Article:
Fevre Dream by George RR Martin
Originally published 1982.
Reissued by Gollancz, November 2011 as part of the Fantasy Masterworks series.
Review by Mark Yon
One of the great things, in my opinion, about the success of George RR Martin’s Game of Thrones series is that readers who have enjoyed that series are now looking at some of his earlier work. In my view there’s a lot of his earlier work that is underrated and fairly unknown. From Dying of the Light to Tuf Voyaging (due to be reissued in 2012) and Fevre Dream, there’s other books out there from George that are worth reading.
Reissued with a new cover, to reflect the style of the most recent Game of Thrones makeover, this is an underrated gem.
Fevre Dream is a historical horror story. Set in the American South, on the Mississippi River, it’s a tale of riverboats and vampires in the nineteenth century.
Abner Marsh, a steamboat captain in financial difficulties in 1857 is contacted by Joshua York with a proposal – in return for becoming a business partner York will finance the building of a new steam boat, the Fevre Dream. Bigger and grander than anything else on the River, Abner takes up the offer and, as captain, trades up and down the river.
The enigmatic York travels on occasion on the boat, though he and his friends make the crew and passengers uneasy. They are rarely, if ever, seen during the daytime. Abner himself becomes suspicious of his benefactor : more so when he finds newspaper articles in York’s cabin about a number of strange deaths along the riverside.
When Abner confronts York with this, Joshua’s answer is that he and his ‘friends’ are vampire-hunters, using the Fevre Dream to go from case to case. Abner’s suspicions are calmed but eventually the real truth is revealed: York is actually the Pale King, a ‘bloodmaster’ or vampire King, and his friends are his clan. Though this is initially regarded by Abner with horror, York explains his life story and furthermore states that he is attempting to resolve the conflict between vampires and humans by developing a potion that may help vampires to no longer rely on fresh human blood, and so lead to a peaceful co-existence in the future.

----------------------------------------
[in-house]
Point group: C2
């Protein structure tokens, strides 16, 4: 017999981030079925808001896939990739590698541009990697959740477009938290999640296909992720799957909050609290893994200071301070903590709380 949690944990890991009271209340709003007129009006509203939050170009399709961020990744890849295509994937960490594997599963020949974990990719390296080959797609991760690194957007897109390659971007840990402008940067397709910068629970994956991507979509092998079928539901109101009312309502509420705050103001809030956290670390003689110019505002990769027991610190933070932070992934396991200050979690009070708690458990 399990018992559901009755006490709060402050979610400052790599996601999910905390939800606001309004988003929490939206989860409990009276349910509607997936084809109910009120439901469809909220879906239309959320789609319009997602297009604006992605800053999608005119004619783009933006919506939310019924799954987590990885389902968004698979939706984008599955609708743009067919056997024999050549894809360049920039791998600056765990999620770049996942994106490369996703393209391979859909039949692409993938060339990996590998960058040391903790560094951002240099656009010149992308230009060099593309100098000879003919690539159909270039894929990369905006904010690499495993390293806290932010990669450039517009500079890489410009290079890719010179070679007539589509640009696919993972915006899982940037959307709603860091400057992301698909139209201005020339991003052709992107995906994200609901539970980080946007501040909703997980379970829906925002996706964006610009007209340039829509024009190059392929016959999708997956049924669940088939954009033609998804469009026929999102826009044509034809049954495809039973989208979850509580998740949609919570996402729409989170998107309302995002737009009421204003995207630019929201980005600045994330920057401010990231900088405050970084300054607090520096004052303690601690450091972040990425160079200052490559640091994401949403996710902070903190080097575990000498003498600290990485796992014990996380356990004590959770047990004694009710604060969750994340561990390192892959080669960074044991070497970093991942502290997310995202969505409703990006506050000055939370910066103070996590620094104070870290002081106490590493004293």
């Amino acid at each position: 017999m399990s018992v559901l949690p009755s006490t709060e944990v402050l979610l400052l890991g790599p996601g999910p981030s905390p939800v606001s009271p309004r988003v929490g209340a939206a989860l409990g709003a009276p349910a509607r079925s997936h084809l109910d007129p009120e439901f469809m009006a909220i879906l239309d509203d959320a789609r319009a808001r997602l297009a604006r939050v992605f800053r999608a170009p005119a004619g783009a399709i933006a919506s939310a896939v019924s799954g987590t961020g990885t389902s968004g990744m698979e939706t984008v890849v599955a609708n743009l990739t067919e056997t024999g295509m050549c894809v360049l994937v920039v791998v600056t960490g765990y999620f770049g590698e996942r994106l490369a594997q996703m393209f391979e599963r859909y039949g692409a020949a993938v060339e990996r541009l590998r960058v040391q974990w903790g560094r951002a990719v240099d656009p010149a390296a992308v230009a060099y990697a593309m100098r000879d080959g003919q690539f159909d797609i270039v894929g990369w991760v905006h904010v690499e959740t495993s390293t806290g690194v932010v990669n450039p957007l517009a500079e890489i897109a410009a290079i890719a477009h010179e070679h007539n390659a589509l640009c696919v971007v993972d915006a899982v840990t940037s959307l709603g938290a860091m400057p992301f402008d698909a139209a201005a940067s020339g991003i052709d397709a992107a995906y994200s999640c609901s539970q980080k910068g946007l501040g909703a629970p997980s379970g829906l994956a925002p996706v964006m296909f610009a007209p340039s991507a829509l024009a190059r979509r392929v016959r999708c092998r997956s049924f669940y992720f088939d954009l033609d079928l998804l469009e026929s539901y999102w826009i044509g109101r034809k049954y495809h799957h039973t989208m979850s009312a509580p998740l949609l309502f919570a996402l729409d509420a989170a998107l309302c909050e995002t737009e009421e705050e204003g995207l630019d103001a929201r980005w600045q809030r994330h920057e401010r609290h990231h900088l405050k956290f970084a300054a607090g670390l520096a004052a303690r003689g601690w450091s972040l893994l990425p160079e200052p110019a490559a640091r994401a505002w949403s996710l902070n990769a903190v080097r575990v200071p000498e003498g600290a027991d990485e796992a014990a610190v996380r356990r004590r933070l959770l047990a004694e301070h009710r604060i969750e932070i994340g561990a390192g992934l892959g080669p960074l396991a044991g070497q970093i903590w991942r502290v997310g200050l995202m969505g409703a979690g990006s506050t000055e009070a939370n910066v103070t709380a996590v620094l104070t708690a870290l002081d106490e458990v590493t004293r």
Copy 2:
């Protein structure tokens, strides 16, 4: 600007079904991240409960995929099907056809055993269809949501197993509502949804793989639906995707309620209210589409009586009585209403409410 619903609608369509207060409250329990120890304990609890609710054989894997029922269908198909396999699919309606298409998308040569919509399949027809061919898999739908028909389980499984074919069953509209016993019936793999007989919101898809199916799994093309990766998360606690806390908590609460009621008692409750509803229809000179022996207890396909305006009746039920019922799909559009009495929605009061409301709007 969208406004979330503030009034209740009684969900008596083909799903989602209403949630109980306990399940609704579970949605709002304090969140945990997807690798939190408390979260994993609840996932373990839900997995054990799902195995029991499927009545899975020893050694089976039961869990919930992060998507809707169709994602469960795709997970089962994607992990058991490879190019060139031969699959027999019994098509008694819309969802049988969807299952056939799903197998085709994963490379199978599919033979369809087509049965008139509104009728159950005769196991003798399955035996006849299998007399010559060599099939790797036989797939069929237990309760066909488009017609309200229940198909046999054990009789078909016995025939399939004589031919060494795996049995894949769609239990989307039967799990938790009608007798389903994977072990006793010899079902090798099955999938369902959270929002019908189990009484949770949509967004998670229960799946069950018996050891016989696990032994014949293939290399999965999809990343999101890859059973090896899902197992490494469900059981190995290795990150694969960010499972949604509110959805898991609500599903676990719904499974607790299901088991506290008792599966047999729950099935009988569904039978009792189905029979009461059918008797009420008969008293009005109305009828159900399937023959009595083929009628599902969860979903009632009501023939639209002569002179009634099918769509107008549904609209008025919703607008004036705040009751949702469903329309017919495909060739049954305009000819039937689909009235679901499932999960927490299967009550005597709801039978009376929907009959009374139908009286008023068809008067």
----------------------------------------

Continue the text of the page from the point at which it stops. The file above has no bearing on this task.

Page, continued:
The story becomes more complicated when rival bloodmaster Damon Julian deposes Joshua, who is forced to serve Julian, and also evicts Abner from the Fevre Dream, to use the steamboat for his own purposes. The Dream becomes a mysteriously hidden boat. Abner searches for his beloved ship, eventually finding it, but is recaptured by Julian. He escapes with Joshua’s aid, who then disappears.
Some years later Abner is contacted by Joshua, who asks the (now old) Marsh to help him beat Damon. The stage is set for a showdown between Abner and Joshua and Damon and his entourage.
This is a dark, dark novel, impressively staged and brilliantly portrayed. The oppressive atmosphere of the American South in the eighteenth century, with its decaying plantations, slavery, racism and isolated humidity, is there across every page. It is harsh and it is supremely creepy. Some of the scenes are heart-rending in their matter-of-factness. (There’s also an awesome meal scene to rival events in Ice and Fire...)
To this backdrop the characterisation is, as we have come to expect from George, sublime. Of the main protagonists, Abner is the obsessed Captain Ahab of the Mississippi, forever searching for his love, the Fevre Dream, whilst his nemesis trawls the river looking for new blood. Joshua York is, by turns, both unearthly and oddly deserving of our sympathy. There’s a definite feel of the melancholic martyr here, almost Elric-like in his timbre. Though a vampire, he is a reluctant one who bears his responsibilities heavily. His life story, told in about twenty pages, is simply told without embellishment and is almost worthy of a book of its own. In comparison, the bad-guy Damon revels in his impressively malevolent actions, yet like most paragons of evil, is perfectly justified in his own mind that what he is doing is right.
The ending is a complex powerplay between Joshua and Damon, with Abner in the middle.
It is not as complex as Game of Thrones, nor as broad ranging. It is from a simpler time, published fourteen years before A Game of Thrones began. And yet the plot, the dialogue, the pacing and the characterisation here is, to my mind, as good as that series.
I’ve said for years that there’s a lot more to George RR Martin than A Song of Ice and Fire. This book proves it. I also find it astonishing that it was unavailable in the US for over twenty years before being republished. For those yet to read it, I envy you. I suspect that, like me, you will not be disappointed with this one.
A welcome reissue. Recommended.
Mark Yon, November 2011
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